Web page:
Despite the large number of sophisticated deep neural network (DNN) verification algorithms, DNN verifier developers, users, and researchers still face several challenges. First, verifier developers must contend with the rapidly changing DNN field to support new DNN operations and property types. Second, verifier users have the burden of selecting a verifier input format to specify their problem. Due to the many input formats, this decision can greatly restrict the verifiers that a user may run. Finally, researchers face difficulties in re-using benchmarks to evaluate and compare verifiers, due to the large number of input formats required to run different verifiers. Existing benchmarks are rarely in formats supported by verifiers other than the one for which the benchmark was introduced. In this work we present DNNV, a framework for reducing the burden on DNN verifier researchers, developers, and users. DNNV standardizes input and output formats, includes a simple yet expressive DSL for specifying DNN properties, and provides powerful simplification and reduction operations to facilitate the application, development, and comparison of DNN verifiers. We show how DNNV increases the support of verifiers for existing benchmarks from 30% to 74%.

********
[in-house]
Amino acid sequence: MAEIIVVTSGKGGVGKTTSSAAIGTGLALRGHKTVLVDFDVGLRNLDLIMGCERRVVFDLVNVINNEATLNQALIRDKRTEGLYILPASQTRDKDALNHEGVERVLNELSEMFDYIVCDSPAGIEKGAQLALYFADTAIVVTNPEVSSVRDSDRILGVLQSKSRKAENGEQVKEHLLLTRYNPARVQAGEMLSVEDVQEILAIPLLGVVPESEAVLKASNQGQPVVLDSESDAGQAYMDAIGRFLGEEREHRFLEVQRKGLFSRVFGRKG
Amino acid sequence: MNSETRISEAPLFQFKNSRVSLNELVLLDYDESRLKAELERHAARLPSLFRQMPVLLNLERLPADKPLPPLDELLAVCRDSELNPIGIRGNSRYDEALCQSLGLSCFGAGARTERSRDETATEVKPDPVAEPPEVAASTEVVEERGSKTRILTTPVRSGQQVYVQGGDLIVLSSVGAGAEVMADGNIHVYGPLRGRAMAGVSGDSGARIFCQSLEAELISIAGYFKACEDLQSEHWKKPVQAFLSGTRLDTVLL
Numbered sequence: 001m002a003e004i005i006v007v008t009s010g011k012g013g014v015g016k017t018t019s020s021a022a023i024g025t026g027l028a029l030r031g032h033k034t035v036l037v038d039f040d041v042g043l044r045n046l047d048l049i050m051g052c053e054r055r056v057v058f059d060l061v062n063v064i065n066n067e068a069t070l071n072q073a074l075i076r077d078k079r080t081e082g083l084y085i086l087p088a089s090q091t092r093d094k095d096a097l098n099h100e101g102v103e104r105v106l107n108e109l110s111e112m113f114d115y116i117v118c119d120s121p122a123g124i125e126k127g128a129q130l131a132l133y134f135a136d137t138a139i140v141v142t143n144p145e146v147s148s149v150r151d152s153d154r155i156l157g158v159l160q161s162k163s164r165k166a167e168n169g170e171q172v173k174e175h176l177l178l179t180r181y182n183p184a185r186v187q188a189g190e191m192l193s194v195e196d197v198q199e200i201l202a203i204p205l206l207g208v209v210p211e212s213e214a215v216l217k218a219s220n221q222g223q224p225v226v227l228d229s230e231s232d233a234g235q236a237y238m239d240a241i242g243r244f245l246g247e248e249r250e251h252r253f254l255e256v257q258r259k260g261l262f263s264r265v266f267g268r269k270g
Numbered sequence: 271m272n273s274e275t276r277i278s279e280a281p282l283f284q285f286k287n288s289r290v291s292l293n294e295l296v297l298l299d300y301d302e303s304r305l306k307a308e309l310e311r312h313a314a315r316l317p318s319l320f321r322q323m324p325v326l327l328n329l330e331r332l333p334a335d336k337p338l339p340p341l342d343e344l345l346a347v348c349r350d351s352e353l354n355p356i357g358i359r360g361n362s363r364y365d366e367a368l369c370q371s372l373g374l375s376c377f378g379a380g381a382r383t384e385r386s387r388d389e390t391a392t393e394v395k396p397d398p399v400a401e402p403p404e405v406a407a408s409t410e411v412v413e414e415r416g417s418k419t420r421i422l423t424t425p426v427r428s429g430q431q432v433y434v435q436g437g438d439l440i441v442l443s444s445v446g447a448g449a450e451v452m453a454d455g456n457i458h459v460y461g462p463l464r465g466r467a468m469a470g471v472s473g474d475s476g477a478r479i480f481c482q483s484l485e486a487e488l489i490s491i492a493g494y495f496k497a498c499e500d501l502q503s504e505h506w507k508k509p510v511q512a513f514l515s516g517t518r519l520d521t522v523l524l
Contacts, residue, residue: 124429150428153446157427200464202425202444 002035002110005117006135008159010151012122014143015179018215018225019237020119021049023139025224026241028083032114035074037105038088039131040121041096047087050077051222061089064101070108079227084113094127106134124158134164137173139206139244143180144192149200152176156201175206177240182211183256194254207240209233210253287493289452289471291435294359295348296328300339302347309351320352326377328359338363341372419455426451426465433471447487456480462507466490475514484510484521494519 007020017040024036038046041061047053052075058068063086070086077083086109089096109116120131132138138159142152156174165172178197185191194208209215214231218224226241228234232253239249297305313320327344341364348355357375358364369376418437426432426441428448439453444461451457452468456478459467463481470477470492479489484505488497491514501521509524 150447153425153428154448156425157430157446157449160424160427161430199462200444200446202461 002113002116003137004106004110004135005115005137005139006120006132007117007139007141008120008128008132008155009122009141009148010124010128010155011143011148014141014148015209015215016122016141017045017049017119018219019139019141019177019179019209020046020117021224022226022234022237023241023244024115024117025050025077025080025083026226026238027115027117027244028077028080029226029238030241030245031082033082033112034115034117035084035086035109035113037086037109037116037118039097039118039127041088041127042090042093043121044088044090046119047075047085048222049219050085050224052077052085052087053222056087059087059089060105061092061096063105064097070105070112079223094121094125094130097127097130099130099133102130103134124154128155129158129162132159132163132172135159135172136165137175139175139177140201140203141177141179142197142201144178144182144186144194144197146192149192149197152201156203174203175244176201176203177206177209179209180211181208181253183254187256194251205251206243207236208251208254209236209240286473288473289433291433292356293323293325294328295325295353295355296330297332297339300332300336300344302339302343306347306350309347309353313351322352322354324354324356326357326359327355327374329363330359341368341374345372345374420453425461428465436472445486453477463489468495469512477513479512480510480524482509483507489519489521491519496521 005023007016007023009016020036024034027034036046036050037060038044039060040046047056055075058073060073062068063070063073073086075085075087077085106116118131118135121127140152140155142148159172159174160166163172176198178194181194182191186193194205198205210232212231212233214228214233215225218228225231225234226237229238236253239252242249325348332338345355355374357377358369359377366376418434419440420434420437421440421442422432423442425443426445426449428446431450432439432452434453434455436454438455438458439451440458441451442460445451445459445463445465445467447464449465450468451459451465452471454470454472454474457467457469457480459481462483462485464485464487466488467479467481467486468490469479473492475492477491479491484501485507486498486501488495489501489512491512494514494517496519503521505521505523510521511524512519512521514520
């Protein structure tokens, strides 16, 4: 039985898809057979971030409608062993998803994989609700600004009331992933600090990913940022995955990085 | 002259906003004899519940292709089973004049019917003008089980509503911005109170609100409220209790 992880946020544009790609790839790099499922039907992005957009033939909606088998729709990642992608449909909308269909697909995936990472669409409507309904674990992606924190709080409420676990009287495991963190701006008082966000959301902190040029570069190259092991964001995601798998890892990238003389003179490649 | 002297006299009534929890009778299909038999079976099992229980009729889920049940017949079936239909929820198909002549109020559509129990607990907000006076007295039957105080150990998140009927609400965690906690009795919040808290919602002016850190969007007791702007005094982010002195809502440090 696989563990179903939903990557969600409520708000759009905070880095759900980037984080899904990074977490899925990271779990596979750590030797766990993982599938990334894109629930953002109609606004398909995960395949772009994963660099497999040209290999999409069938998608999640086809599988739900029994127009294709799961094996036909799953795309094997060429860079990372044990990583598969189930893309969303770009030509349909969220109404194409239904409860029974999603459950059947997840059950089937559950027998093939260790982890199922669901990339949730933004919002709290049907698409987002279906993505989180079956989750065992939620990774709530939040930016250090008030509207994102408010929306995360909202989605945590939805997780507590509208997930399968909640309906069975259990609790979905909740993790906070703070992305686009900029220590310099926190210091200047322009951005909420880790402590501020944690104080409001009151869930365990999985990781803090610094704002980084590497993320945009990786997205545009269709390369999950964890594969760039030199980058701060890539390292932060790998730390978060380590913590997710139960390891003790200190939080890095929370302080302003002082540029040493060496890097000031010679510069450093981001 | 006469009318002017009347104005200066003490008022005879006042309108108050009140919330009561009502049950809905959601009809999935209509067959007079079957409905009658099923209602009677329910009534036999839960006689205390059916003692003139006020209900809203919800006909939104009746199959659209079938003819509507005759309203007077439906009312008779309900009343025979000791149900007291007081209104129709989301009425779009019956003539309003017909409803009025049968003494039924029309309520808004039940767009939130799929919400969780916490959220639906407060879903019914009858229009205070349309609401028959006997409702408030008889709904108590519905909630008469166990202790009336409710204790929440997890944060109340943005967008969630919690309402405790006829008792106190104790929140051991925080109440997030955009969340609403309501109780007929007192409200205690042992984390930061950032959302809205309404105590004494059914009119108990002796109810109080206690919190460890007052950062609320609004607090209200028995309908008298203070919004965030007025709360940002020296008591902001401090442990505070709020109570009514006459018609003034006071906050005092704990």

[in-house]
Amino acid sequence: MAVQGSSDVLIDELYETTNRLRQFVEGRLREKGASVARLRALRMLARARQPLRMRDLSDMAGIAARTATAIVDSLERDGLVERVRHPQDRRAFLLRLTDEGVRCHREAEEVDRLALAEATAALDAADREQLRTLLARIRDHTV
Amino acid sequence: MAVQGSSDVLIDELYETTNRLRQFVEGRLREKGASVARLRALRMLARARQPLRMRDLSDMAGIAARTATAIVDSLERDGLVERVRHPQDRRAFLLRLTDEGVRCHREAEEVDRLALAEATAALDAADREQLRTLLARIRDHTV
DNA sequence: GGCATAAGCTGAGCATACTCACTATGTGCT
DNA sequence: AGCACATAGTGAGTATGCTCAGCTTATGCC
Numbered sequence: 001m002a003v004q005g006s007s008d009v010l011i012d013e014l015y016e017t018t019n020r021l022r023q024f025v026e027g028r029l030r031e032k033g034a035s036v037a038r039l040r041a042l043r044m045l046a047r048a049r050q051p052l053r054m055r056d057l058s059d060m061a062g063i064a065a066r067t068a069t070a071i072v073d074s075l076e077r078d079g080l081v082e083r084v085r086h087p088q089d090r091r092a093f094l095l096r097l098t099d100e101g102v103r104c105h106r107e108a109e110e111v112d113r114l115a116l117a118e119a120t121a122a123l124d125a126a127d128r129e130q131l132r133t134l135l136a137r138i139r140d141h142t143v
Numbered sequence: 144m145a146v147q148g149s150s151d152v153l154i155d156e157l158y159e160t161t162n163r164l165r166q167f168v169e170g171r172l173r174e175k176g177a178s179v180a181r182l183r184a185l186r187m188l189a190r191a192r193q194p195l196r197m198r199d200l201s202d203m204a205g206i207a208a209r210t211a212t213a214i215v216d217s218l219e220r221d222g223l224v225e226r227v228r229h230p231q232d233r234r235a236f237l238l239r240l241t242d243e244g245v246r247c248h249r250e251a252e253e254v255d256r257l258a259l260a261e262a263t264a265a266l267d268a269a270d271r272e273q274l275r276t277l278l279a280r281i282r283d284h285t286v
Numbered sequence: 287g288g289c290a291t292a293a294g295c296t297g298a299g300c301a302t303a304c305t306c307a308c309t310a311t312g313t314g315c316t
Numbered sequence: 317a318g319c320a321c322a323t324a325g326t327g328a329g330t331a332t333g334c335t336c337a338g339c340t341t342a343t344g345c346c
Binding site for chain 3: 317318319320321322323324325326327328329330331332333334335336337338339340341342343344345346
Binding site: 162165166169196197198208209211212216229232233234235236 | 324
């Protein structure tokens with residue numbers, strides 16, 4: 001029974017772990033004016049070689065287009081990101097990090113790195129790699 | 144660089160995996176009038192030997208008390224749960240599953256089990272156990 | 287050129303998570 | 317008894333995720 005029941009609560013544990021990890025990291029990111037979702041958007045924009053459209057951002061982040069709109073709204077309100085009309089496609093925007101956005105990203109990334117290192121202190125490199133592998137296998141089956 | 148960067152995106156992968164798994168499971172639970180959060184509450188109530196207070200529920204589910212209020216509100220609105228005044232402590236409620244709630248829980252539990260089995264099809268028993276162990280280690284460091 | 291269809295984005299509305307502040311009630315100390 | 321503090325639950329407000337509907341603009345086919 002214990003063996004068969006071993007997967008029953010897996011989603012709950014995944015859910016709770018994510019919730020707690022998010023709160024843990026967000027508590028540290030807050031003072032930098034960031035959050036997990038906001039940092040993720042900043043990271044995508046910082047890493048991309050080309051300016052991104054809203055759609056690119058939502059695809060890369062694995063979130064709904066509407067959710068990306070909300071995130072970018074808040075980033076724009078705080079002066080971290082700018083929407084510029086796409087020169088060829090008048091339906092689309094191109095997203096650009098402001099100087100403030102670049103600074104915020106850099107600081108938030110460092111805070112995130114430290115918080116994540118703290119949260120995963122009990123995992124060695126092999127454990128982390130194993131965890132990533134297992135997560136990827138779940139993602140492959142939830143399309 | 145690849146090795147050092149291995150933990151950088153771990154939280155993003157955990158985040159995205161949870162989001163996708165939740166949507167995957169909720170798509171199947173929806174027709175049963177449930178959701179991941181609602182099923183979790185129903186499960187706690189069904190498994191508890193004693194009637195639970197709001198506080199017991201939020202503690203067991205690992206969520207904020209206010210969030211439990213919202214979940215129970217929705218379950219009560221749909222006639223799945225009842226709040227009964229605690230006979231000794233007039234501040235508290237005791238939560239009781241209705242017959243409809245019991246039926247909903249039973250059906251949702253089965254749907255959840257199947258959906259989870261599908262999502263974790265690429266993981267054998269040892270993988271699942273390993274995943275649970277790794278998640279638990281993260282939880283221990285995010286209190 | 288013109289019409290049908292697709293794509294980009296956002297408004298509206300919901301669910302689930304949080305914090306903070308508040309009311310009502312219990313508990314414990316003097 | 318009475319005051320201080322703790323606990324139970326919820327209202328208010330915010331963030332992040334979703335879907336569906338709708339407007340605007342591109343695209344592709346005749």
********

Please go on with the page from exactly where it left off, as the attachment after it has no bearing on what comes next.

Deep neural networks (DNN) are growing in capability and applicability. Their effectiveness has led to their use in safety critical and autonomous systems, yet there is a dearth of cost-effective methods available for reasoning about the behavior of a DNN. In this paper, we seek to expand the applicability and scalability of existing DNN verification techniques through DNN refactoring. A DNN refactoring defines (a) the transformation of the DNN's architecture, i.e., the number and size of its layers, and (b) the distillation of the learned relationships between the input features and function outputs of the original to train the transformed network. Unlike with traditional code refactoring, DNN refactoring does not guarantee functional equivalence of the two networks, but rather it aims to preserve the accuracy of the original network while producing a simpler network that is amenable to more efficient property verification. We present an automated framework for DNN refactoring, and demonstrate its potential effectiveness through three case studies on networks used in autonomous systems.